These days when you are moving in our streets be it in Zolozolo, Chibabvi, Area 23 or Kawale, Chilomoni or Nkolokosa you find that there is sometimes a lot of sound clash where phones that have facilities to play and store MP3 or whatever MP is there are playing competitively.
When you are travelling within these locations in public transport even long intercity journeys you find that everyone has a head set on, drowned into a choice of music loaded into their phones or iPods.
But are we aware how poor in quality the sound that we are listening to from our phones and iPods is, as compared to the music that was recorded and stored in compact disks (CDs)?
This week I want to bore you with some technical stuff about how these things work although I am going to do it through the knowledge of a few gurus that I researched on.
The process of ensuring that this music really does pack into your phone or iPod storage is called digital compression; it allows your phones or iPods to carry hundreds of songs. This is the process that allows a song to go from being a very big sound file in its natural state to a very small file in your phone or iPod; this makes you unbelievably carry your entire record library in your pocket.
The talk with boys these days, no, girls as well, is how big, in bytes, their phones or iPods are; because this goes with telling one’s status. What it means is that the bigger the byte storage, the more the music the owner will boast carrying.
But some experts say when you over compress your music into your gadgetry you remain with poor quality where the sound of a snare drum with a very sharp attack, now sounds more like somebody padding on a piece of leather or something like that. An auditory perception professor in the department psychology at the University of Minnesota Dr. Andrew Oxenham has his specialty in how our brains and ears interact. He also started out as a recording engineer.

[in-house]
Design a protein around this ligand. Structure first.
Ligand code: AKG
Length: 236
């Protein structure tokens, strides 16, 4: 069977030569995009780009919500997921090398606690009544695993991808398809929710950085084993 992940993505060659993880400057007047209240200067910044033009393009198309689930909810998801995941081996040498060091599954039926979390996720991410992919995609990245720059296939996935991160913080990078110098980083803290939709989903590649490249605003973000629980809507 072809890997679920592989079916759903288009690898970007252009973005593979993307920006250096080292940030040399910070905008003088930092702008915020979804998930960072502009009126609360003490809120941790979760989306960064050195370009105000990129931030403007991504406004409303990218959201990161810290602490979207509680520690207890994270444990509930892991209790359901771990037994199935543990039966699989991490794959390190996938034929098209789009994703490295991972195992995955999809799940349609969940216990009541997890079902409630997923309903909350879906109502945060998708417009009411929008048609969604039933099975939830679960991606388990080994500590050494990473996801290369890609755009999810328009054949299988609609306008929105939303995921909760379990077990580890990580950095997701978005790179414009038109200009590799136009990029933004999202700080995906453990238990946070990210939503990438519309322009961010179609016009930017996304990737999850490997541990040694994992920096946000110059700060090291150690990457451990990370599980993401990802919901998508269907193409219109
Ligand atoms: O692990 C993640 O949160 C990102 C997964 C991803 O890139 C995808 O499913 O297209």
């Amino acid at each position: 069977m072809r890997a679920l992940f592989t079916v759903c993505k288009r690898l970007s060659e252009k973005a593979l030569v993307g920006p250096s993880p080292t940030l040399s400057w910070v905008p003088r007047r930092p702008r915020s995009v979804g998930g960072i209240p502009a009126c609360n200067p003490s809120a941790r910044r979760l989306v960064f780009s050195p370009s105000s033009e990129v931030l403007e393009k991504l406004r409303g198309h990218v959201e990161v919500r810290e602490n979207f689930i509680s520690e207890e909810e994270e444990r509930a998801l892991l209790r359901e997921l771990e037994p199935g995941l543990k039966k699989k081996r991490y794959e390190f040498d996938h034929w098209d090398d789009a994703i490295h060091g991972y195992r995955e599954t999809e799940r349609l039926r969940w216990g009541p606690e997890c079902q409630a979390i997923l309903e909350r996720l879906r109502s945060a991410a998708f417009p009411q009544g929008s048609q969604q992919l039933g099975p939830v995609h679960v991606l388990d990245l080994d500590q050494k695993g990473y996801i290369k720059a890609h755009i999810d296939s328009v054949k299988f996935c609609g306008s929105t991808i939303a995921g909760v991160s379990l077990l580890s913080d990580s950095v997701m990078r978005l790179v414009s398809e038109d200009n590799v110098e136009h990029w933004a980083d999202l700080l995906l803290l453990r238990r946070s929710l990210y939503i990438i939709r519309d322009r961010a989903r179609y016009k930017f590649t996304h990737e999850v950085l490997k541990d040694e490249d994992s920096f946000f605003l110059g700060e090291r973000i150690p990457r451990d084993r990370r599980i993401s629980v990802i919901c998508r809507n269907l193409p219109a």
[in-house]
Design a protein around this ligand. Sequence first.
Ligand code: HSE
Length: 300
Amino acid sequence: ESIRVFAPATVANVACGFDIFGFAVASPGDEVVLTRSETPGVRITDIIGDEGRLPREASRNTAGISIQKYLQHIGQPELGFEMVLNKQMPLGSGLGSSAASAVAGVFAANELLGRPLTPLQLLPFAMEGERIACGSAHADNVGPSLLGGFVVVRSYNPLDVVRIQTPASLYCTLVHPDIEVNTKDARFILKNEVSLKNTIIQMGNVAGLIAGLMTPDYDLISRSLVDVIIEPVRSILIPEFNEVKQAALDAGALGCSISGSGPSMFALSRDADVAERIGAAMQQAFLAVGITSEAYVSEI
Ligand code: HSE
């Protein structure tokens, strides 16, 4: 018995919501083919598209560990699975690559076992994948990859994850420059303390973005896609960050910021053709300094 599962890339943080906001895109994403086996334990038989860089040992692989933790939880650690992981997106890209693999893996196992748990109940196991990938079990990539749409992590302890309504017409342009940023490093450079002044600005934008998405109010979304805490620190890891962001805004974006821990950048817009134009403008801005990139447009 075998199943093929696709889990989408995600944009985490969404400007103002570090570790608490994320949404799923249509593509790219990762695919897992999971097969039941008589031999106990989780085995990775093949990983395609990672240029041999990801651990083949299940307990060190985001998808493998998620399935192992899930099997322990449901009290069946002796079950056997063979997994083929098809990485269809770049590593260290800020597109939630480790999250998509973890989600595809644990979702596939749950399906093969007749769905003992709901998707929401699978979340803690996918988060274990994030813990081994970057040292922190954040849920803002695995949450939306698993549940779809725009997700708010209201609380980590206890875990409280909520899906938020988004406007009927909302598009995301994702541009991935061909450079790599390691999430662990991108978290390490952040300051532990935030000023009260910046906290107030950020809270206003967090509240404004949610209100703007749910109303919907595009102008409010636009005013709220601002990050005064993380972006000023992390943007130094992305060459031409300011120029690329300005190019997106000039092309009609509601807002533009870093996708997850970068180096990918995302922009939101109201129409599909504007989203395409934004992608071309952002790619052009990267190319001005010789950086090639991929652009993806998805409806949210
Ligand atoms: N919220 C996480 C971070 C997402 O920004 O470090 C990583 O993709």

Blogger Robert Siegel asked him to explain digital compression where he said its challenge is to maintain the quality of a CD, but to stuff it into a much smaller space. Prof. Oxenham says: “Let’s think about how digital recording works.
You start out with a very smooth sound wave and we’re trying to store that in digital form. So we’re really trying to reproduce a smooth curve [with] these square blocks, which are the digital numbers [the 1s and 0s that are used to encode sound digitally].
“Now, the only way you can make square blocks look like a smooth curve is by using very, very small blocks so it ends up looking as if it’s smooth. Now using lots and lots of blocks means lots of storage, so we end up using [fewer] bigger blocks. Which means we end up not representing that curve very smoothly at all.”
He further says the difference between the smooth curve and the rough edges you end up with in the digital recording, you can think of as noise because that is perceived as noise; It’s perceived as an error, something that wasn’t there in the original recording. The trick is to take the noise — which is the loss of fidelity — and just make it so you can’t hear it anymore.”
Such noise that we carry in our phones and iPod which we mistaken for music are disturbed to become what is now called “masking.” Siegel thinks it this way: You’re having a conversation in a quiet room, and you can hear every word, every mouth noise, and every stomach rumble.
But if you were having that same conversation outside on a busy street, you’d get the gist of what was said, but you’d probably miss a few words.
The traffic noise would mask them. Prof. Oxenham says the loud parts of the music are in this case giving the coding system a lot of leeway to code things not quite as accurately as it would have to, because the ear is being stimulated so much by the loud sound it won’t pick up very small variations produced by the coding errors. In other words, he says the loud parts of a recording are used to “mask,” or hide that noise produced by the rough-edged squares of those digital 1s and 0s.
The Professor however says there are really different levels of MP3 coding where sometimes you can go from much less data — which people can hear the difference — to higher levels of coding which take up more space on your MP3 player but sound better and are basically indistinguishable from a CD. He says he would argue that under proper listening conditions — if it’s really indistinguishable from the CD as far as the ear is concerned — then one can really have not lost anything perceptually.
Then Prof. Oxenham says he likes the convenience of portable MP3 players, but ultimately, he prefers going to concerts, which means if we go to bands where Lucius Banda or the Blacks are playing, we get the raw full undiluted sound.